Baseball's territorial blackouts, the scourge of so many frustrated television and streaming-video viewers, will be eliminated for the 2009 season if Major League Baseball's executive council follows suggestions president Bob DuPuy plans on presenting next week.
At the owners' meetings Wednesday, DuPuy said he will propose that if a team is not broadcasting in a geographic location for at least one season, it loses the right to black out games in that area. Gone would be the blackouts that prevent folks in Iowa and Las Vegas from seeing as many as six games each night and have caused viewing havoc throughout the country.
"I see no reason why there ought to be so many clubs able to black out in those territories," DuPuy said. "That's my intention. That's my goal. I didn't get any pushback. The whole thing is about making the game more popular and available."
Such an idea clashes with the current territorial-rights rules, drawn up in the 1960s to gerrymander each team a specific area in which it could build its fan base. The rules have lagged behind the technology of the Extra Innings package and MLB.tv, both of which offer every game only to black out tens of millions of potential viewers nightly.
While cities with teams rarely are affected – a local affiliate, such as the YES Network with the Yankees or New England Sports Network in Boston, usually carries a majority of games in major-metropolitan areas – ones on the periphery often suffer. Las Vegas, for example, is at least a four-hour drive from Los Angeles, Phoenix, Oakland, San Francisco and San Diego, yet games played by teams in those cities are blacked out. No Las Vegas cable company regularly broadcasts any of those teams' games.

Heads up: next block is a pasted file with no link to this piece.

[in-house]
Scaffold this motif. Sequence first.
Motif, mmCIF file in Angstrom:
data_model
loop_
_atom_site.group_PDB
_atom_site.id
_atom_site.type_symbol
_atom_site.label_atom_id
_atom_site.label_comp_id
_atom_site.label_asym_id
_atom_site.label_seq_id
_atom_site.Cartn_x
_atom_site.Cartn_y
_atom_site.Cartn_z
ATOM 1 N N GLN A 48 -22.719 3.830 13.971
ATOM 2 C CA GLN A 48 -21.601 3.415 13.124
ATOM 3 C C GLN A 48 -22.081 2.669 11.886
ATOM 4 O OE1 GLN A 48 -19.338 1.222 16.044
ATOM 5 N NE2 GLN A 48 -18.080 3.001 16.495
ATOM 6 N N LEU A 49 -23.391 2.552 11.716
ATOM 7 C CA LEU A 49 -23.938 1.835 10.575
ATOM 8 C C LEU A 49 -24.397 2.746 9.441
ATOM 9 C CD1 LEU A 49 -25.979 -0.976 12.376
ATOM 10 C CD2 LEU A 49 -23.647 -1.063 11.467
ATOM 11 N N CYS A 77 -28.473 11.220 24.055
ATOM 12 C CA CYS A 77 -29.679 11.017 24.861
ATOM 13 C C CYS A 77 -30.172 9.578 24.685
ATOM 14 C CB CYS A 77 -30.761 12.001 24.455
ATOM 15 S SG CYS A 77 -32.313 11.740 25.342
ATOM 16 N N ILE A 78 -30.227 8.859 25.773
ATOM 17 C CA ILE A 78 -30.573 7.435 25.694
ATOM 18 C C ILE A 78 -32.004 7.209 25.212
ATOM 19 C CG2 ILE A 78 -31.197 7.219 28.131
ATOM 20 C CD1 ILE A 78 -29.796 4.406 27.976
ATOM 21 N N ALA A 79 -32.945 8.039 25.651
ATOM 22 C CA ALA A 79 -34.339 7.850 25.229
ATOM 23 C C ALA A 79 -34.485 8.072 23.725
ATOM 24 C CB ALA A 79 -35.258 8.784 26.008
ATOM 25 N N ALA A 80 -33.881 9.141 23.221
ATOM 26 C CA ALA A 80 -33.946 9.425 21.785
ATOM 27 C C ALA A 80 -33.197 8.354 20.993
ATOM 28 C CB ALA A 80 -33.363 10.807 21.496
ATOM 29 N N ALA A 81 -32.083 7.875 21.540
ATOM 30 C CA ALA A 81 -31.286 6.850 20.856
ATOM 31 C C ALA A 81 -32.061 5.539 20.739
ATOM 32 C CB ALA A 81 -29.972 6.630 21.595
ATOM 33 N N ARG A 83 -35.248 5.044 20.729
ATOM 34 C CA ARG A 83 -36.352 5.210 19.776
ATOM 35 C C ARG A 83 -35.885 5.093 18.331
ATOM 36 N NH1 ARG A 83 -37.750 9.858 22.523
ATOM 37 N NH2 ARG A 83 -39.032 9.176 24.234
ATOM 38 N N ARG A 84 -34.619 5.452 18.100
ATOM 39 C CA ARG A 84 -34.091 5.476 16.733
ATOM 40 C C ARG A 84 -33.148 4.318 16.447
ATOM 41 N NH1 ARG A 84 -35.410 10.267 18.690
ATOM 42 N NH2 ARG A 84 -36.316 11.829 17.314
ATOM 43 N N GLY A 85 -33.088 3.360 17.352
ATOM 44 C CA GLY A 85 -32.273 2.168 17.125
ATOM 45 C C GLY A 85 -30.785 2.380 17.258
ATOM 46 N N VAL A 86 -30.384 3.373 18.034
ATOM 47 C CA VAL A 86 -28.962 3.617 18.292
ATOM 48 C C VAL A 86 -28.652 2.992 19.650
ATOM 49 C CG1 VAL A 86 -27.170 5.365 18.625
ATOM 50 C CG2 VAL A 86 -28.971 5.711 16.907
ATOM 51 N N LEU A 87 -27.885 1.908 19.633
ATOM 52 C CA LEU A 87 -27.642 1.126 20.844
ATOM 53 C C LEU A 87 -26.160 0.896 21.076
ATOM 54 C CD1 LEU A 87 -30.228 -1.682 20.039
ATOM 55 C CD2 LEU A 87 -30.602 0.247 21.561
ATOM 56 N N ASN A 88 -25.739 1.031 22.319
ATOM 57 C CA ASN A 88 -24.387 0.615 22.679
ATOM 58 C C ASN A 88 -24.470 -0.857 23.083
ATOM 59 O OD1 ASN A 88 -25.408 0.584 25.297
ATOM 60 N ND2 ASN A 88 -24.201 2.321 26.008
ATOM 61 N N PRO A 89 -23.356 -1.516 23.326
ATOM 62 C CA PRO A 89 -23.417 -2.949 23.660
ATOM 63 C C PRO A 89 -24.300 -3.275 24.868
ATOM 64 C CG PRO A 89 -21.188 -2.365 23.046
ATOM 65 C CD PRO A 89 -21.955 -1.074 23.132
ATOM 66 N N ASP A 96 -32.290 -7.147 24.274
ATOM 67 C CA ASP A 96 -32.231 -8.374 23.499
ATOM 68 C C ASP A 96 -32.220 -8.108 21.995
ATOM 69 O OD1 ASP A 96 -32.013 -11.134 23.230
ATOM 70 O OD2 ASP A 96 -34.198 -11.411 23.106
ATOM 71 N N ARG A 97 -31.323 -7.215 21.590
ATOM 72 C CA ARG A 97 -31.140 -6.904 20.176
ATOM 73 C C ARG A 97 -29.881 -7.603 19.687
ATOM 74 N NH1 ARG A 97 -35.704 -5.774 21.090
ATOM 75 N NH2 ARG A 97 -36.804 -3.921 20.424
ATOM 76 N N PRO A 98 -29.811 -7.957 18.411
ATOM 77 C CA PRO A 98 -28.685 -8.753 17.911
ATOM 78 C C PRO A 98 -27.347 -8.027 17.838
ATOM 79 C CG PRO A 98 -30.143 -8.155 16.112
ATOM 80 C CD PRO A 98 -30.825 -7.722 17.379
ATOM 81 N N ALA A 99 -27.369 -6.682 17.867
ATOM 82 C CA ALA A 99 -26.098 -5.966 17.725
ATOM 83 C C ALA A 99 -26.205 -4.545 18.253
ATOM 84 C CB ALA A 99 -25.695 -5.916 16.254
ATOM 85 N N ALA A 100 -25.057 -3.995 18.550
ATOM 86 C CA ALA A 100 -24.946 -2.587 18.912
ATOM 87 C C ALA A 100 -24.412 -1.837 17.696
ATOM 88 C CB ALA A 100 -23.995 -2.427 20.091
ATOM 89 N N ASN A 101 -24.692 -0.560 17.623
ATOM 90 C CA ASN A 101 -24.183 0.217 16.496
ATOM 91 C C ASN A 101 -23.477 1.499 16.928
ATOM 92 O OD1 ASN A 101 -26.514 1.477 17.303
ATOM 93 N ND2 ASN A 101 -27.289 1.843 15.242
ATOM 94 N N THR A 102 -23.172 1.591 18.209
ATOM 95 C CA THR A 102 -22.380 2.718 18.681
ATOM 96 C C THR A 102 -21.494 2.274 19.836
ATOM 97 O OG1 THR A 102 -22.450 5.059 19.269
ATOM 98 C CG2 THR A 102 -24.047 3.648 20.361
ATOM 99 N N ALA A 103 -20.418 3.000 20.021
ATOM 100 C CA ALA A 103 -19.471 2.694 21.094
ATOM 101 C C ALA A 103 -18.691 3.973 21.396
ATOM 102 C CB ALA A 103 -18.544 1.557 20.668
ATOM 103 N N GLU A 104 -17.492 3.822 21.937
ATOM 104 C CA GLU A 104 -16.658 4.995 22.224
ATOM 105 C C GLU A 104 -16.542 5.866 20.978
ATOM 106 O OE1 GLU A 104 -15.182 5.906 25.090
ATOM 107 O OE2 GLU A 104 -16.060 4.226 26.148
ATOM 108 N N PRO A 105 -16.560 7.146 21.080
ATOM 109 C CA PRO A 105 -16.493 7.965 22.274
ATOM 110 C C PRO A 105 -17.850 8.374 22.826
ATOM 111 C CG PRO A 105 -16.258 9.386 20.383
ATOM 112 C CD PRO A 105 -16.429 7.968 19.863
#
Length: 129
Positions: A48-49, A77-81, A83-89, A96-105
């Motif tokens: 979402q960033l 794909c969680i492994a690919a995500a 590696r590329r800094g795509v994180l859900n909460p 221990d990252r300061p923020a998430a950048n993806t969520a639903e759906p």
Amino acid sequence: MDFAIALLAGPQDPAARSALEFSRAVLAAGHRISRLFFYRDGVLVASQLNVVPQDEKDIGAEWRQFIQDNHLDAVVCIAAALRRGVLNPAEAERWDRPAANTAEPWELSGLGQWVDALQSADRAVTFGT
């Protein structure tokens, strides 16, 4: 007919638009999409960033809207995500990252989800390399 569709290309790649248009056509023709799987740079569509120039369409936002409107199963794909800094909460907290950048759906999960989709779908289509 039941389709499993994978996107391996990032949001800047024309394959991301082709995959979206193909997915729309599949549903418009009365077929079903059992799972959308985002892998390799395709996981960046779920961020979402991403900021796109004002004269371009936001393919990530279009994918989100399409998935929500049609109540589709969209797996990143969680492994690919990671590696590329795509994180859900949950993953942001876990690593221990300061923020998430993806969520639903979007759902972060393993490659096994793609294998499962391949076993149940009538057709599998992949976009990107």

Under DuPuy's suggestion, Las Vegas could not be claimed as part of any of those teams' territory unless a team's slate of games was carried by at least one local broadcast operator. If not, that team's games would be available in out-of-market packages such as Extra Innings and MLB.tv.
Competition for new territories, DuPuy figures, is a good thing: The breadth of blackouts lessens, and the potential interest from teams looking to spread their base only helps the sport's growth.
"I don't think it hurts anybody," he said. "Although I will say, I attended a meeting almost a year ago. Our broadcast people raised a whole bunch of hobgoblins. There are a bunch of esoteric rules. But I think we'll be able to get past them."
The biggest issue, DuPuy said, concerned so-called "haircut provisions." Because television contracts tie advertising dollars to audience size, any potential shift in a coverage area could trigger issues. DuPuy's staff pored over the 30 teams' local television contracts last week and has yet to determine how potential conflicts would affect his plan.
DuPuy initially hoped to handle the blackout issue at owners' meetings in May, though surgery on his legs forced him to participate in the discussions via conference call. The issue, spurred on by thousands of letters from angry fans, was deemed important enough to necessitate face-to-face discussions.
Not all blackouts will vanish under DuPuy's plan. The blackout of Saturday afternoon games on Fox, which is part of MLB's nearly $700 million annually in TV contracts, will remain. That blackout, as opposed to territorial rights ones, was for sale.
And while that's no solace, the specter of teams in blacked-out areas finally having the curtain lifted is promising. With the MLB Network set to launch in 2009, there is incentive to get all television properties in working order.
"I would like to think that if we increase the popularity of baseball," DuPuy said, "it ends up being a good thing."